Add Your Voice to a National Field-Building Civic Learning Coalition

by Shawn P. Healy, PhD, Democracy Program Director

The McCormick Foundation is proud to be a part of a national field-building coalition for change in civic learning. In February, our Board of Directors approved a $200,000 grant to iCivics, the leader of this coalition, and I have been subsequently asked to serve on its steering committee.

This work launches at a perilous time, where democratic governance itself is increasingly considered a “bad” or “very bad” means to “run this country,” particularly among our youngest Americans.


It builds upon the Democracy at a Crossroads Summit last September, which highlighted the aforementioned trends coupled with the marginalization of school-based civic learning, but also promising policy and funding responses in Florida and Illinois to reverse the latter trend. The conditions are ripe for an expansion of this work, with a strong group of civic learning leaders and a handful of foundations at the table. And a policy window is opening for state-centered reforms between the 2018 midterm and the 2020 presidential elections.

This field-building effort is an attempt to affect systemic change. It is informed by previous successes in STEM and social-emotional learning (SEL), beginning with a root cause analysis of why civic learning is so marginalized. We also hope to identify the key levers for systems change, along with obstacles that may impede our path.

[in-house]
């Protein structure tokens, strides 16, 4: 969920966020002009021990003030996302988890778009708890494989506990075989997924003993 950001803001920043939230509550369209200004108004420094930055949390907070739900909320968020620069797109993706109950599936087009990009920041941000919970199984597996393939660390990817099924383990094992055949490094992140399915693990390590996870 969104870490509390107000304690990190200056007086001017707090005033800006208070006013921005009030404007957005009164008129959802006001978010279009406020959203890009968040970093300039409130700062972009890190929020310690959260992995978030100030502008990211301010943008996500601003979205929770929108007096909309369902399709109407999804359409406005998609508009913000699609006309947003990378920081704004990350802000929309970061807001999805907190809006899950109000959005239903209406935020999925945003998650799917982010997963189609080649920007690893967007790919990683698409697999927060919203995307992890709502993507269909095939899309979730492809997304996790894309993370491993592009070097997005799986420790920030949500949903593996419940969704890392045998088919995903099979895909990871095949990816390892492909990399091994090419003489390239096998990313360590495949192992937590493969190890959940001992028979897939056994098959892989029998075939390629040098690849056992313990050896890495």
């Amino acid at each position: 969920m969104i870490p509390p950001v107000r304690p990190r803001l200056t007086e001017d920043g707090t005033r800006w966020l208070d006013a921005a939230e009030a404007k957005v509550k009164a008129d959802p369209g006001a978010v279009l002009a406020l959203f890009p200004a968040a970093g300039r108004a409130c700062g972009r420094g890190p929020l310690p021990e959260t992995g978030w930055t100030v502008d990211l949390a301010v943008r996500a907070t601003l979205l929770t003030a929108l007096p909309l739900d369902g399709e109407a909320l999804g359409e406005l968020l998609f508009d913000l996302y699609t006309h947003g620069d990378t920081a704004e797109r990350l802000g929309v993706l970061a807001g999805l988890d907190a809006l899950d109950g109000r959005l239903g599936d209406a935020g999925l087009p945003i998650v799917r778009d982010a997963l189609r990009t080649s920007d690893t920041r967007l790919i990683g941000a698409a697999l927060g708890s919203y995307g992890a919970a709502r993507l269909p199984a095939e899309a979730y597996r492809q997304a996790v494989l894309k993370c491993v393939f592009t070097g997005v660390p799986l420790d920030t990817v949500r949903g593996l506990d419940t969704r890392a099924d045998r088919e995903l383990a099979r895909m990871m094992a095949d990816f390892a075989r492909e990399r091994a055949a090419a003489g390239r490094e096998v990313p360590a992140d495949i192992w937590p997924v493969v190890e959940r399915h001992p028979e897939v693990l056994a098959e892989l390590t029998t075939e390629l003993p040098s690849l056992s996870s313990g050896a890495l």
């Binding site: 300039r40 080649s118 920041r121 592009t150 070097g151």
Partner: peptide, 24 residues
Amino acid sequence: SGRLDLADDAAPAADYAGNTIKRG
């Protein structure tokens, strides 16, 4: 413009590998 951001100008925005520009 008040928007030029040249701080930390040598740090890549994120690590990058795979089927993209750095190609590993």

A multilevel campaign will follow this root cause analysis and I’ll have much more to say on its specifics in the months ahead, but in the short term, you can contribute by adding your voice to our State of Civic Education Survey. It takes 10-15 minutes to complete, and your input is valuable regardless of your title or affiliation. We are all stakeholders in the civic development of each successive generation of Americans, and you can help us develop solutions to the current crisis in civic learning, and ultimate preserve and strengthen our democratic institutions for posterity.

Review: Flunking Democracy - Schools, Courts, and Civic Participation

by Shawn P. Healy, PhD, Democracy Program Director

I was contacted last year by Michael Rebell, Executive Director of the Center for Educational Equity, based at Columbia University in New York, in an inquiry about the McCormick Foundation’s support for school-based civic learning in Illinois.


Rebell has led and been involved in a number of state-based educational equity legal challenges, all of them centered in discriminatory funding practices that too often discriminate against students of color and those of lower socio-economic standing. Some of these challenges resulted in court-ordered funding increases, but the judicial decisions were mostly agnostic as to what educational equity looks like in practice.


While writing Flunking Democracy (University of Chicago Press, 2018), he came across compelling research demonstrating a “civic empowerment gap” partly rooted in disparate school-based civic learning opportunities. Most state constitutions make passing reference to educational equality, and some even underline schools’ civic mission. Illinois suggests that “A fundamental goal of the People of the State is the educational development of all persons to the limits of their capacities.”


Supreme Court Justice Thurgood Marshall, dissenting in San Antonio Independent School District v. Rodriquez (1973), an educational equity case, considered education a “…fundamental personal right because it is essential to the effective exercise of First Amendment freedoms and to intelligent utilization of the right to vote…” The 5-4 majority disagreed with the notion of a fundamental right and deferred to local control and the funding disparities it may invite as a rational state policy.